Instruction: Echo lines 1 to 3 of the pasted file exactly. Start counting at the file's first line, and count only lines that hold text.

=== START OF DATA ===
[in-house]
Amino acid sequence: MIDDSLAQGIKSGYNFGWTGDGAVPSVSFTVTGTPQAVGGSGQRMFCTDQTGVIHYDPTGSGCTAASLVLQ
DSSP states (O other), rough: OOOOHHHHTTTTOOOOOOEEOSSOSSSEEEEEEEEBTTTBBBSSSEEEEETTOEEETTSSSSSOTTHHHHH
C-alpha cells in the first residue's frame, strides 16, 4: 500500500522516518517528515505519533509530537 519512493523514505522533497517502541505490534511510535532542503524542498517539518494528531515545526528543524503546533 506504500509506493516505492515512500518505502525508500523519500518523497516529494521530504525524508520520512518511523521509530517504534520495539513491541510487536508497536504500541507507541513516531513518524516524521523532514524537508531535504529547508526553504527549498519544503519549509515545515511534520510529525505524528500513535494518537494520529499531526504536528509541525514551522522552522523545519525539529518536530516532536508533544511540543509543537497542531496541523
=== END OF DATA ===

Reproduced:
[in-house]
Amino acid sequence: MIDDSLAQGIKSGYNFGWTGDGAVPSVSFTVTGTPQAVGGSGQRMFCTDQTGVIHYDPTGSGCTAASLVLQ
DSSP states (O other), rough: OOOOHHHHTTTTOOOOOOEEOSSOSSSEEEEEEEEBTTTBBBSSSEEEEETTOEEETTSSSSSOTTHHHHH